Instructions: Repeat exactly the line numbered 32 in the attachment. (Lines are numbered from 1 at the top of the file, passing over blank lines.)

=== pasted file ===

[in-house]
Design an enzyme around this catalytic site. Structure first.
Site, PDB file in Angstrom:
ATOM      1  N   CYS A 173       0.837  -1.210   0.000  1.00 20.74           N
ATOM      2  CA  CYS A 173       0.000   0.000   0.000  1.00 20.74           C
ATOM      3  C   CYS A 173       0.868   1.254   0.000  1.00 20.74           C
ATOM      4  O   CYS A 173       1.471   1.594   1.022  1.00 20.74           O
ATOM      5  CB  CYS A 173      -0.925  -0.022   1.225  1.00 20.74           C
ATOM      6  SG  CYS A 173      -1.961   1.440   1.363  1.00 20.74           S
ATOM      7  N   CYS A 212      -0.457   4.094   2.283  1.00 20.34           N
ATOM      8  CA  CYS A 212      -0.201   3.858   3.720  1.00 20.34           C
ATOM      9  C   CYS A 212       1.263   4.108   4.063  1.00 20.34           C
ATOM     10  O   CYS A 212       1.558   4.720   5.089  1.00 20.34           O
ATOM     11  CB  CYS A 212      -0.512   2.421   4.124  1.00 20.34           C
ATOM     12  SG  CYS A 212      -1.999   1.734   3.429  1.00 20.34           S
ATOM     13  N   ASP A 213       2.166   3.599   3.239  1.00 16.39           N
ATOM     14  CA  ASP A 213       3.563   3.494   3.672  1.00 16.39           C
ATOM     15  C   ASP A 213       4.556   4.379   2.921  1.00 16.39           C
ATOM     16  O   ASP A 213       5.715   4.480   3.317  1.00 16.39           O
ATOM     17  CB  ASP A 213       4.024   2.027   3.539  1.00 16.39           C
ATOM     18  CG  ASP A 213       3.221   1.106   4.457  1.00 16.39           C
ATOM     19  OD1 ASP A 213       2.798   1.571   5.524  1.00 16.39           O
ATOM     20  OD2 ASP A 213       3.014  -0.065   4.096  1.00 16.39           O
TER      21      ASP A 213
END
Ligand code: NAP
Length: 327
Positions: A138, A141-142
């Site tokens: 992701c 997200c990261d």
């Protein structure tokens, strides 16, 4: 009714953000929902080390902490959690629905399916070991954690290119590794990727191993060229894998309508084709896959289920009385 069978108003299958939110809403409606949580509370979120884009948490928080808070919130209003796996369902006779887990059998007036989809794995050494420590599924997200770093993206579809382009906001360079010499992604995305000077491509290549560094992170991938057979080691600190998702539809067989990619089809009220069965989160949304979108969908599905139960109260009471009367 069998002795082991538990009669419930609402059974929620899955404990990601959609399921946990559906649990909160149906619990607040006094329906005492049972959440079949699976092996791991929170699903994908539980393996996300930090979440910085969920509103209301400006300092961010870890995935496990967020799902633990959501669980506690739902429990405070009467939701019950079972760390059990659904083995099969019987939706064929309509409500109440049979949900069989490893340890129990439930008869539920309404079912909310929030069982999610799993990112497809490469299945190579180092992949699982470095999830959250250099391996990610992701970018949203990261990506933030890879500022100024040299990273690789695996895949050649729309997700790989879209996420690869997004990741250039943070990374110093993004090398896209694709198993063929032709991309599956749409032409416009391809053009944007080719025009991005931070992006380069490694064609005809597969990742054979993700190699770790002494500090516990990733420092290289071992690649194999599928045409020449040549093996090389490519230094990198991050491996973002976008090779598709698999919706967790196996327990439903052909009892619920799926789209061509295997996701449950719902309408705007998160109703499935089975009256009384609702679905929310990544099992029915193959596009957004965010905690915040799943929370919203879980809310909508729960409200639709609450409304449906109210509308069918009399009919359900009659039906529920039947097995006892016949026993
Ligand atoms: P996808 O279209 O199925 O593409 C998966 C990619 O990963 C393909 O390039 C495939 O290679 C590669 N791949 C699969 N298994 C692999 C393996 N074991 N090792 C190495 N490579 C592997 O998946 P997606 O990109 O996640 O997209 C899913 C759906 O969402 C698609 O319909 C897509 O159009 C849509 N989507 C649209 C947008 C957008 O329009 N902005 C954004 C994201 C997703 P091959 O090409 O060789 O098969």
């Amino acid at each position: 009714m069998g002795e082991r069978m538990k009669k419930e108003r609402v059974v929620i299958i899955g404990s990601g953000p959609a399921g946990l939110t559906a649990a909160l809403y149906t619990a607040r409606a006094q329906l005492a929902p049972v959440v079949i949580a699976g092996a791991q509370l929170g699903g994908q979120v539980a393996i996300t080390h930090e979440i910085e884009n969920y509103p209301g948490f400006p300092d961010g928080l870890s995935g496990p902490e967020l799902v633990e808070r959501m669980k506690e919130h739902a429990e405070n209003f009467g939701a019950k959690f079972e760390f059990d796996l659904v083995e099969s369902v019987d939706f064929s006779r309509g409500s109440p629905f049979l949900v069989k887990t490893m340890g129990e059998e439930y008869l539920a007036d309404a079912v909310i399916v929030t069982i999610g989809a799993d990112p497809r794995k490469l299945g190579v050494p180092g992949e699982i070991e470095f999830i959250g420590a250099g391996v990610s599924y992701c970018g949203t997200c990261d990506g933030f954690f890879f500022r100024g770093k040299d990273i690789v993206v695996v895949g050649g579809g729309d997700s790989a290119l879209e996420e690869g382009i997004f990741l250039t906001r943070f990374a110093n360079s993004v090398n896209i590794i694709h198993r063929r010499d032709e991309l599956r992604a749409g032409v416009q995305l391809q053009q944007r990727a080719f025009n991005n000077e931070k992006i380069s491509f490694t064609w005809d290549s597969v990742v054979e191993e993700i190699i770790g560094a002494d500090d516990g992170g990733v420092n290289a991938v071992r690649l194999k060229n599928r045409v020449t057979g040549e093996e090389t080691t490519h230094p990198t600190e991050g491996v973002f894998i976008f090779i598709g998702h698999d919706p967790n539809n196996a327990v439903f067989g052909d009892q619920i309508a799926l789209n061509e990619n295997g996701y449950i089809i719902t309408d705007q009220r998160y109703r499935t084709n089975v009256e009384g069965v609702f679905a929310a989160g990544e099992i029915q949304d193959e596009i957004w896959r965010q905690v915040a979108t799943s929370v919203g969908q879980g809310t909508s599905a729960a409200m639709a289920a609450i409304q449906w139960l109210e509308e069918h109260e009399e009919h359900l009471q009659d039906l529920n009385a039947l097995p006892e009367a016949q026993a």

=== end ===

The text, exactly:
């Amino acid at each position: 009714m069998g002795e082991r069978m538990k009669k419930e108003r609402v059974v929620i299958i899955g404990s990601g953000p959609a399921g946990l939110t559906a649990a909160l809403y149906t619990a607040r409606a006094q329906l005492a929902p049972v959440v079949i949580a699976g092996a791991q509370l929170g699903g994908q979120v539980a393996i996300t080390h930090e979440i910085e884009n969920y509103p209301g948490f400006p300092d961010g928080l870890s995935g496990p902490e967020l799902v633990e808070r959501m669980k506690e919130h739902a429990e405070n209003f009467g939701a019950k959690f079972e760390f059990d796996l659904v083995e099969s369902v019987d939706f064929s006779r309509g409500s109440p629905f049979l949900v069989k887990t490893m340890g129990e059998e439930y008869l539920a007036d309404a079912v909310i399916v929030t069982i999610g989809a799993d990112p497809r794995k490469l299945g190579v050494p180092g992949e699982i070991e470095f999830i959250g420590a250099g391996v990610s599924y992701c970018g949203t997200c990261d990506g933030f954690f890879f500022r100024g770093k040299d990273i690789v993206v695996v895949g050649g579809g729309d997700s790989a290119l879209e996420e690869g382009i997004f990741l250039t906001r943070f990374a110093n360079s993004v090398n896209i590794i694709h198993r063929r010499d032709e991309l599956r992604a749409g032409v416009q995305l391809q053009q944007r990727a080719f025009n991005n000077e931070k992006i380069s491509f490694t064609w005809d290549s597969v990742v054979e191993e993700i190699i770790g560094a002494d500090d516990g992170g990733v420092n290289a991938v071992r690649l194999k060229n599928r045409v020449t057979g040549e093996e090389t080691t490519h230094p990198t600190e991050g491996v973002f894998i976008f090779i598709g998702h698999d919706p967790n539809n196996a327990v439903f067989g052909d009892q619920i309508a799926l789209n061509e990619n295997g996701y449950i089809i719902t309408d705007q009220r998160y109703r499935t084709n089975v009256e009384g069965v609702f679905a929310a989160g990544e099992i029915q949304d193959e596009i957004w896959r965010q905690v915040a979108t799943s929370v919203g969908q879980g809310t909508s599905a729960a409200m639709a289920a609450i409304q449906w139960l109210e509308e069918h109260e009399e009919h359900l009471q009659d039906l529920n009385a039947l097995p006892e009367a016949q026993a």